remarkable custom in the region in which a person who wants to sing a particular song will go up to the band and, giving voice with great gusto and encouraging gestures, demand it slows down and follows in accompaniment; the rest of the assembled company join in, before the band swings back into a faster dance tune. The singing, arms round shoulders, and swirling dancing went on far into the night.


Next morning the band came to the Margeta family house for a late breakfast, and I asked them whether this had been a special gig for them, or just a normal night’s work. It seemed that, though it was a good one, they play at similar village dances, and for weddings. Bands are still very much in demand because, unlike in most parts of pre- sent-day Europe, many Slovak villages have celebrations or little festivals (and there’s the big central Slovak folklore festival at Detva,

t the after-party in the commu- nity hall the Pagác band played on for dancing, and for the indefatigable unison and har- mony singing. There’s a

in fujara heartland to the south of Šumiac), and many weddings are still traditional-style at least in part, and traditional costume in its varied regional styles is even becoming more fashionable, for women at least.

Dajana describes one of these present- day weddings. “The procession meets in front of the groom’s house, and the musi- cians start playing, and then they follow the procession towards the bride’s family’s house, and then to church where they play outside. Then everyone goes to eat, and there’s dancing and all that. Until midnight the bride wears the traditional hairband, but after midnight she gives it to her hus- band, and puts on the traditional embroi- dered hat, and becomes the wife.”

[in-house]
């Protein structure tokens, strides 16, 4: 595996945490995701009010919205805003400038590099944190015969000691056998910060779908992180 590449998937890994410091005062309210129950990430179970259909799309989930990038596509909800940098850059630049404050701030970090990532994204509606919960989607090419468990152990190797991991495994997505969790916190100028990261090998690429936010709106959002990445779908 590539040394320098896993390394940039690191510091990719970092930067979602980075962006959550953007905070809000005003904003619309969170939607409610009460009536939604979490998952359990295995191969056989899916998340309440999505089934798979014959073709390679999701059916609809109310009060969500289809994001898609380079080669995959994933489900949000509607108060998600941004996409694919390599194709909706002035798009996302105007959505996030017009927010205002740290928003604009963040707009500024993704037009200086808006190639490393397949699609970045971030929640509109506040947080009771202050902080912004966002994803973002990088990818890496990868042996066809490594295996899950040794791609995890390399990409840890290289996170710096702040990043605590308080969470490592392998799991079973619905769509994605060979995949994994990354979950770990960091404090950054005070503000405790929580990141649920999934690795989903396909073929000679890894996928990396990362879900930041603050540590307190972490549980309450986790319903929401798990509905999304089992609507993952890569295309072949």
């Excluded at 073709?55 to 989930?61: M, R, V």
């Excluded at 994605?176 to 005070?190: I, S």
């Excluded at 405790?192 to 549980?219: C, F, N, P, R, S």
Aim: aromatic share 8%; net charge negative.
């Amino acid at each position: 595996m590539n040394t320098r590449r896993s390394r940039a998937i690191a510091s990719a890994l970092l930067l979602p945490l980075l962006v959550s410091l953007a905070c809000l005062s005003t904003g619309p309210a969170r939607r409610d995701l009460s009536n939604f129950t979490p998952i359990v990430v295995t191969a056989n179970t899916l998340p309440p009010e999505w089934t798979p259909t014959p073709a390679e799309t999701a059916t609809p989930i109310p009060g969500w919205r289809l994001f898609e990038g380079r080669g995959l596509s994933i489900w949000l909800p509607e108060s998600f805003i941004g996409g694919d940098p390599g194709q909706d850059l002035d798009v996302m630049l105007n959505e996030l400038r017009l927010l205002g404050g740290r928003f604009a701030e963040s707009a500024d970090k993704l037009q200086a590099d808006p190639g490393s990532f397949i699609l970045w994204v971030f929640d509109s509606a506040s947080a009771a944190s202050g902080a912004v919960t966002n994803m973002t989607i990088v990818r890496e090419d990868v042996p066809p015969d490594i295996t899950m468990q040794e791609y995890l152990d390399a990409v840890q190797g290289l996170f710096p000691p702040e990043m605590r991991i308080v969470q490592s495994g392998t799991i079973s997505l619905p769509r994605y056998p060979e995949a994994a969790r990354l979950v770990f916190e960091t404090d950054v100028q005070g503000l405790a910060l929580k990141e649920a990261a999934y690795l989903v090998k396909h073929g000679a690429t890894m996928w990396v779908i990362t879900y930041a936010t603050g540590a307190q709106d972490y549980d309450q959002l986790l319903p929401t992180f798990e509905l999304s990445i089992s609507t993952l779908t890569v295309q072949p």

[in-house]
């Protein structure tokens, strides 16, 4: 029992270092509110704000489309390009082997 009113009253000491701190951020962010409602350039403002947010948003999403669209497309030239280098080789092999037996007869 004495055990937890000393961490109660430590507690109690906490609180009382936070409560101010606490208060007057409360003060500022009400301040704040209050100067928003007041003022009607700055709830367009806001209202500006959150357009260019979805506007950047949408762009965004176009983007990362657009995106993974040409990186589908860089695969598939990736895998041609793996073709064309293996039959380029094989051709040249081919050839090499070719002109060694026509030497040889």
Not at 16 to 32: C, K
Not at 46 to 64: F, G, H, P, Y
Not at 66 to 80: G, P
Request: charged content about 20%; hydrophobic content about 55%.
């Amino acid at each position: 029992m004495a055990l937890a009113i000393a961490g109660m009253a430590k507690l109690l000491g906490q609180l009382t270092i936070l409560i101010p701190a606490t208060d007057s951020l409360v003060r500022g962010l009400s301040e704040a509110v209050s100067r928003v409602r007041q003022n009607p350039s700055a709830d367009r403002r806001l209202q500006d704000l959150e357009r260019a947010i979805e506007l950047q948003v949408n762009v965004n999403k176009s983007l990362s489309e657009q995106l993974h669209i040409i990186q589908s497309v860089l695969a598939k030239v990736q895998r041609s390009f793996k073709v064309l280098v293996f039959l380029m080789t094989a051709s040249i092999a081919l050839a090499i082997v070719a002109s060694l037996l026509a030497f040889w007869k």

David Sladek, who is acting as my excel- lent interpreter when necessary, tells me, “The way of singing in Šumiac – the hard voice – that’s the traditional way, but across Slovakia most of the bands try to style themselves into more modern ways. But there are bands who follow and study tradi- tional ways of playing.”

One such is the Bratislava fiddles and vocal band Muzicka, formed 30 years ago by city musicians exploring and taking up the music of the villages. They weren’t in Šumi- ac, although they’ve played there in the past, but I’d seen and been impressed by them, augmented by a pair of the dancers they often work with, in July at EtnoKraków in Poland, and had a brief chat with prime mover Tomás Brunovsky.

Page 1  |  Page 2  |  Page 3  |  Page 4  |  Page 5  |  Page 6  |  Page 7  |  Page 8  |  Page 9  |  Page 10  |  Page 11  |  Page 12  |  Page 13  |  Page 14  |  Page 15  |  Page 16  |  Page 17  |  Page 18  |  Page 19  |  Page 20  |  Page 21  |  Page 22  |  Page 23  |  Page 24  |  Page 25  |  Page 26  |  Page 27  |  Page 28  |  Page 29  |  Page 30  |  Page 31  |  Page 32  |  Page 33  |  Page 34  |  Page 35  |  Page 36  |  Page 37  |  Page 38  |  Page 39  |  Page 40  |  Page 41  |  Page 42  |  Page 43  |  Page 44  |  Page 45  |  Page 46  |  Page 47  |  Page 48  |  Page 49  |  Page 50  |  Page 51  |  Page 52  |  Page 53  |  Page 54  |  Page 55  |  Page 56  |  Page 57  |  Page 58  |  Page 59  |  Page 60  |  Page 61  |  Page 62  |  Page 63  |  Page 64  |  Page 65  |  Page 66  |  Page 67  |  Page 68  |  Page 69  |  Page 70  |  Page 71  |  Page 72  |  Page 73  |  Page 74  |  Page 75  |  Page 76  |  Page 77  |  Page 78  |  Page 79  |  Page 80  |  Page 81  |  Page 82  |  Page 83  |  Page 84